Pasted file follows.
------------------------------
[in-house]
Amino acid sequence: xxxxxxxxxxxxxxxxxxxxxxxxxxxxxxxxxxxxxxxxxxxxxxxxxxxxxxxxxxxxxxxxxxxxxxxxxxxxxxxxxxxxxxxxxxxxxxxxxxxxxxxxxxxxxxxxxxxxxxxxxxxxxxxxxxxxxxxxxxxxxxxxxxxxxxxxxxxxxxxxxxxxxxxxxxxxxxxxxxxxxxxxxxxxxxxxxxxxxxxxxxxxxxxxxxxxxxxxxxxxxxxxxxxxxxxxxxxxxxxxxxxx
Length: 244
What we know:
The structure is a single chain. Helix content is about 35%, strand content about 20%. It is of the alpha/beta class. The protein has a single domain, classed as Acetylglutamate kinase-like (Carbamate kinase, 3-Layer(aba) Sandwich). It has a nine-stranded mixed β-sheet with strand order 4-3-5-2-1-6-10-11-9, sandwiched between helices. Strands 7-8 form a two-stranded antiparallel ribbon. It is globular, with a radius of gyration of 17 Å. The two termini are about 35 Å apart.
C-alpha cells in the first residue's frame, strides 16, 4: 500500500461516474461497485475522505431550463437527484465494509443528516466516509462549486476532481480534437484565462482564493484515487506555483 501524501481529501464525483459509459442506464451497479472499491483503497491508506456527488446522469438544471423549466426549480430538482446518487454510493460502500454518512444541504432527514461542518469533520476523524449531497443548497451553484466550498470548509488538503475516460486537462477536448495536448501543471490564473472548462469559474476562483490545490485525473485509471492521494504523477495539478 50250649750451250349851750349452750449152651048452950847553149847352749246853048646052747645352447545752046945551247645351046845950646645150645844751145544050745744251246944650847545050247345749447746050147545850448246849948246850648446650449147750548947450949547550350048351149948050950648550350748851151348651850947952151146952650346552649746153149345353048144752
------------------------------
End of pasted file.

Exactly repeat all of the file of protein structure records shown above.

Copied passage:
[in-house]
Amino acid sequence: xxxxxxxxxxxxxxxxxxxxxxxxxxxxxxxxxxxxxxxxxxxxxxxxxxxxxxxxxxxxxxxxxxxxxxxxxxxxxxxxxxxxxxxxxxxxxxxxxxxxxxxxxxxxxxxxxxxxxxxxxxxxxxxxxxxxxxxxxxxxxxxxxxxxxxxxxxxxxxxxxxxxxxxxxxxxxxxxxxxxxxxxxxxxxxxxxxxxxxxxxxxxxxxxxxxxxxxxxxxxxxxxxxxxxxxxxxxxxxxxxxxx
Length: 244
What we know:
The structure is a single chain. Helix content is about 35%, strand content about 20%. It is of the alpha/beta class. The protein has a single domain, classed as Acetylglutamate kinase-like (Carbamate kinase, 3-Layer(aba) Sandwich). It has a nine-stranded mixed β-sheet with strand order 4-3-5-2-1-6-10-11-9, sandwiched between helices. Strands 7-8 form a two-stranded antiparallel ribbon. It is globular, with a radius of gyration of 17 Å. The two termini are about 35 Å apart.
C-alpha cells in the first residue's frame, strides 16, 4: 500500500461516474461497485475522505431550463437527484465494509443528516466516509462549486476532481480534437484565462482564493484515487506555483 501524501481529501464525483459509459442506464451497479472499491483503497491508506456527488446522469438544471423549466426549480430538482446518487454510493460502500454518512444541504432527514461542518469533520476523524449531497443548497451553484466550498470548509488538503475516460486537462477536448495536448501543471490564473472548462469559474476562483490545490485525473485509471492521494504523477495539478 50250649750451250349851750349452750449152651048452950847553149847352749246853048646052747645352447545752046945551247645351046845950646645150645844751145544050745744251246944650847545050247345749447746050147545850448246849948246850648446650449147750548947450949547550350048351149948050950648550350748851151348651850947952151146952650346552649746153149345353048144752